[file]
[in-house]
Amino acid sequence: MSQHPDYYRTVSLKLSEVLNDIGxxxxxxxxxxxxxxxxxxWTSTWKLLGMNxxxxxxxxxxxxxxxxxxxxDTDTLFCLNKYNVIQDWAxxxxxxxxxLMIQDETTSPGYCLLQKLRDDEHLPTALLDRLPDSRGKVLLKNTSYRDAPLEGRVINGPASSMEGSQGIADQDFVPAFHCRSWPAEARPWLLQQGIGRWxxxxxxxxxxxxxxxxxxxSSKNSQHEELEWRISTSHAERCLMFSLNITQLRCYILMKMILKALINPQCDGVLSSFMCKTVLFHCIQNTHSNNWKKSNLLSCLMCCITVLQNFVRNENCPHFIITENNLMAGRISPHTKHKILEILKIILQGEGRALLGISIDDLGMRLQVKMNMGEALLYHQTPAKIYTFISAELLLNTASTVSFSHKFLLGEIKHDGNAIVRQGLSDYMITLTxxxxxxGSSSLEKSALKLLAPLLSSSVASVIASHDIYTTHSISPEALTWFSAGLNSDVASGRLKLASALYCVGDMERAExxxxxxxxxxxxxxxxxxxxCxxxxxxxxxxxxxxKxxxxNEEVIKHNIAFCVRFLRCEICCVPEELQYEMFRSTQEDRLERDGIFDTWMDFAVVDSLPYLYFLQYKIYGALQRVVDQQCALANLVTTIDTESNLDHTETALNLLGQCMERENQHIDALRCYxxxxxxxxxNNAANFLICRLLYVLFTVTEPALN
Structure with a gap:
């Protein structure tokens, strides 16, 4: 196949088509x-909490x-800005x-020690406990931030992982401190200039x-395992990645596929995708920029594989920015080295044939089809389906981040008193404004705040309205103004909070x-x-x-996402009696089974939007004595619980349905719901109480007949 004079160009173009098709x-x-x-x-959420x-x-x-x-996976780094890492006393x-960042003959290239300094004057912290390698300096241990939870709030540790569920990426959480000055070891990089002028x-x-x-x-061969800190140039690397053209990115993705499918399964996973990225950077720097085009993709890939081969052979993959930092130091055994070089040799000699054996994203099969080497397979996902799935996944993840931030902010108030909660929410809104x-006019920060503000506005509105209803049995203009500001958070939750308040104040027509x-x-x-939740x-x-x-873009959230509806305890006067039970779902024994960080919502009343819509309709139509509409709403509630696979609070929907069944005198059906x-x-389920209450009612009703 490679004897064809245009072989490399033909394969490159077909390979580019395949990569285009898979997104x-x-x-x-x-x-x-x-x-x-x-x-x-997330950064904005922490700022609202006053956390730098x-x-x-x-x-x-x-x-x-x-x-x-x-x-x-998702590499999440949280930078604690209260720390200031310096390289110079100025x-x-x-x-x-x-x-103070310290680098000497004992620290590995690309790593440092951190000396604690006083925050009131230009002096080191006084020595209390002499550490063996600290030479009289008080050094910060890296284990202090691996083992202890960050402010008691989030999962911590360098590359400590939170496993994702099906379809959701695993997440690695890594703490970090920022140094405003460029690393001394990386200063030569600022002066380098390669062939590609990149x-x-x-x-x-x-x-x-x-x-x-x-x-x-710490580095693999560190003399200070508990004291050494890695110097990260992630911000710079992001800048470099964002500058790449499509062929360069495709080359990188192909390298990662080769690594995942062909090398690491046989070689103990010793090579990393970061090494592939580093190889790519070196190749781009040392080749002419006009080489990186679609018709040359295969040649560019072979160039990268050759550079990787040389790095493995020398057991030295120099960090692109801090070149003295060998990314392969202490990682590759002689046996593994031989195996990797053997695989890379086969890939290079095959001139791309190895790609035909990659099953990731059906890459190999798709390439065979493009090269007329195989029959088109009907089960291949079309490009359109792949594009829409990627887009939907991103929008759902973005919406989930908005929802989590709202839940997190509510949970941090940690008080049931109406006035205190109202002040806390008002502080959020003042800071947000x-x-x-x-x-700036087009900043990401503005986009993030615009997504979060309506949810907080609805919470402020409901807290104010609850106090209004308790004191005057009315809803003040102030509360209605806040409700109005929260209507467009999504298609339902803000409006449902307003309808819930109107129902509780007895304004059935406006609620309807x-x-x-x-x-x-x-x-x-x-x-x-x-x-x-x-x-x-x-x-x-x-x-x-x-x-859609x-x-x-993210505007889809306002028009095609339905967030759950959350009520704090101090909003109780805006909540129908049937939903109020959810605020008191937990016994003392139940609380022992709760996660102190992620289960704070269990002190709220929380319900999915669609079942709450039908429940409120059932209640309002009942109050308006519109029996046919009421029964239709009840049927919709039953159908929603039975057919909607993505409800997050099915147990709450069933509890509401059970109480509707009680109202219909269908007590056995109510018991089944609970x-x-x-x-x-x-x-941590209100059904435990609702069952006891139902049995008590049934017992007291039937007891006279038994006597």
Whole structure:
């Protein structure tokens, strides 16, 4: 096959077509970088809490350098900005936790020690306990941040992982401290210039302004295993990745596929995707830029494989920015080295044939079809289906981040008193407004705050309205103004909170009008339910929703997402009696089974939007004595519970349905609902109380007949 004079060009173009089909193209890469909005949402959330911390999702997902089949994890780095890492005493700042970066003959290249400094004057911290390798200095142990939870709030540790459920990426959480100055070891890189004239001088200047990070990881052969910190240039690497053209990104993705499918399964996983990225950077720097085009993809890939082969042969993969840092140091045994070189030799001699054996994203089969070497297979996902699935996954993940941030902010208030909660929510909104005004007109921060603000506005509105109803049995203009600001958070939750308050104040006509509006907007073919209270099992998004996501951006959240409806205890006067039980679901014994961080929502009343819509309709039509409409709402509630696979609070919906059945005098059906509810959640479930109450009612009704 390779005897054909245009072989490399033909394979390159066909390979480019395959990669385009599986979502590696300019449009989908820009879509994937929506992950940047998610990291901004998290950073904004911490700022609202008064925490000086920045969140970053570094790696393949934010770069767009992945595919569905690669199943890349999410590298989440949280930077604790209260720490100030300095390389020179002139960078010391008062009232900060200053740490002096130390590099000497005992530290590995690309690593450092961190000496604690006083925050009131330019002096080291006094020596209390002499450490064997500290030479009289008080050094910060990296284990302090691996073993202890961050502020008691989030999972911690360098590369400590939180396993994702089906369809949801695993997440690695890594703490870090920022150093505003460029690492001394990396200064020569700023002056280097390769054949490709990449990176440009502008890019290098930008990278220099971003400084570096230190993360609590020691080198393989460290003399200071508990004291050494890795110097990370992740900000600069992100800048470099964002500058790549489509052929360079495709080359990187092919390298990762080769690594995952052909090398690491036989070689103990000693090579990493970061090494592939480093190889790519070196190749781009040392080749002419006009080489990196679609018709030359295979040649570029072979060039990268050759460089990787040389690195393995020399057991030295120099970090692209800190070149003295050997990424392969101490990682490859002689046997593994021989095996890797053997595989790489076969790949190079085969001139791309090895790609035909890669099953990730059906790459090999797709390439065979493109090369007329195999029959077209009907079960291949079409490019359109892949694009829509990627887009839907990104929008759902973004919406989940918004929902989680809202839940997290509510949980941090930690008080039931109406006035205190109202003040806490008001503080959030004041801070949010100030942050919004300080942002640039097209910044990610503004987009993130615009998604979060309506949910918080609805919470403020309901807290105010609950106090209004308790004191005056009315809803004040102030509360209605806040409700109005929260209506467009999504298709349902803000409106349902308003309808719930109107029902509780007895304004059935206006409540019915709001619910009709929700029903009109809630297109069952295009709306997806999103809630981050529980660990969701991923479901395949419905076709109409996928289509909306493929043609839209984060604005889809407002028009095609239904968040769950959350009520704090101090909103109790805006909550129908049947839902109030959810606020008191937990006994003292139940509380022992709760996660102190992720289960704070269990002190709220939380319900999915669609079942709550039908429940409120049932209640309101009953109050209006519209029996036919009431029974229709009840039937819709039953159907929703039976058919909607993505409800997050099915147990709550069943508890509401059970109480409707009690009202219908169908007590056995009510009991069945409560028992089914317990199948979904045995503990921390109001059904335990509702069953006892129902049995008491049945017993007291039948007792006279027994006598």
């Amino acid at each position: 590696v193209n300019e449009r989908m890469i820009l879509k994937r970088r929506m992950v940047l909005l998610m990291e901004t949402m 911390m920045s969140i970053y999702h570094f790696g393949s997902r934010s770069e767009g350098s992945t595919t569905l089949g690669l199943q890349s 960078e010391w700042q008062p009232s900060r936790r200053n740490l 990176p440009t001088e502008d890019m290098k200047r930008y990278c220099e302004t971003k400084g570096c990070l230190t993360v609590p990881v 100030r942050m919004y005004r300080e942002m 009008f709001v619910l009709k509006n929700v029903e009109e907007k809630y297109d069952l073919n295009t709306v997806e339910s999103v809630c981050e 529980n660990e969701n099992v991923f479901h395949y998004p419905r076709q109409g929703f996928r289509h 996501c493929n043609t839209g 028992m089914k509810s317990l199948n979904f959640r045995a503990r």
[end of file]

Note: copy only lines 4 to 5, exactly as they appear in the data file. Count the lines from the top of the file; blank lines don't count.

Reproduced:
């Protein structure tokens, strides 16, 4: 196949088509x-909490x-800005x-020690406990931030992982401190200039x-395992990645596929995708920029594989920015080295044939089809389906981040008193404004705040309205103004909070x-x-x-996402009696089974939007004595619980349905719901109480007949 004079160009173009098709x-x-x-x-959420x-x-x-x-996976780094890492006393x-960042003959290239300094004057912290390698300096241990939870709030540790569920990426959480000055070891990089002028x-x-x-x-061969800190140039690397053209990115993705499918399964996973990225950077720097085009993709890939081969052979993959930092130091055994070089040799000699054996994203099969080497397979996902799935996944993840931030902010108030909660929410809104x-006019920060503000506005509105209803049995203009500001958070939750308040104040027509x-x-x-939740x-x-x-873009959230509806305890006067039970779902024994960080919502009343819509309709139509509409709403509630696979609070929907069944005198059906x-x-389920209450009612009703 490679004897064809245009072989490399033909394969490159077909390979580019395949990569285009898979997104x-x-x-x-x-x-x-x-x-x-x-x-x-997330950064904005922490700022609202006053956390730098x-x-x-x-x-x-x-x-x-x-x-x-x-x-x-998702590499999440949280930078604690209260720390200031310096390289110079100025x-x-x-x-x-x-x-103070310290680098000497004992620290590995690309790593440092951190000396604690006083925050009131230009002096080191006084020595209390002499550490063996600290030479009289008080050094910060890296284990202090691996083992202890960050402010008691989030999962911590360098590359400590939170496993994702099906379809959701695993997440690695890594703490970090920022140094405003460029690393001394990386200063030569600022002066380098390669062939590609990149x-x-x-x-x-x-x-x-x-x-x-x-x-x-710490580095693999560190003399200070508990004291050494890695110097990260992630911000710079992001800048470099964002500058790449499509062929360069495709080359990188192909390298990662080769690594995942062909090398690491046989070689103990010793090579990393970061090494592939580093190889790519070196190749781009040392080749002419006009080489990186679609018709040359295969040649560019072979160039990268050759550079990787040389790095493995020398057991030295120099960090692109801090070149003295060998990314392969202490990682590759002689046996593994031989195996990797053997695989890379086969890939290079095959001139791309190895790609035909990659099953990731059906890459190999798709390439065979493009090269007329195989029959088109009907089960291949079309490009359109792949594009829409990627887009939907991103929008759902973005919406989930908005929802989590709202839940997190509510949970941090940690008080049931109406006035205190109202002040806390008002502080959020003042800071947000x-x-x-x-x-700036087009900043990401503005986009993030615009997504979060309506949810907080609805919470402020409901807290104010609850106090209004308790004191005057009315809803003040102030509360209605806040409700109005929260209507467009999504298609339902803000409006449902307003309808819930109107129902509780007895304004059935406006609620309807x-x-x-x-x-x-x-x-x-x-x-x-x-x-x-x-x-x-x-x-x-x-x-x-x-x-859609x-x-x-993210505007889809306002028009095609339905967030759950959350009520704090101090909003109780805006909540129908049937939903109020959810605020008191937990016994003392139940609380022992709760996660102190992620289960704070269990002190709220929380319900999915669609079942709450039908429940409120059932209640309002009942109050308006519109029996046919009421029964239709009840049927919709039953159908929603039975057919909607993505409800997050099915147990709450069933509890509401059970109480509707009680109202219909269908007590056995109510018991089944609970x-x-x-x-x-x-x-941590209100059904435990609702069952006891139902049995008590049934017992007291039937007891006279038994006597």
Whole structure: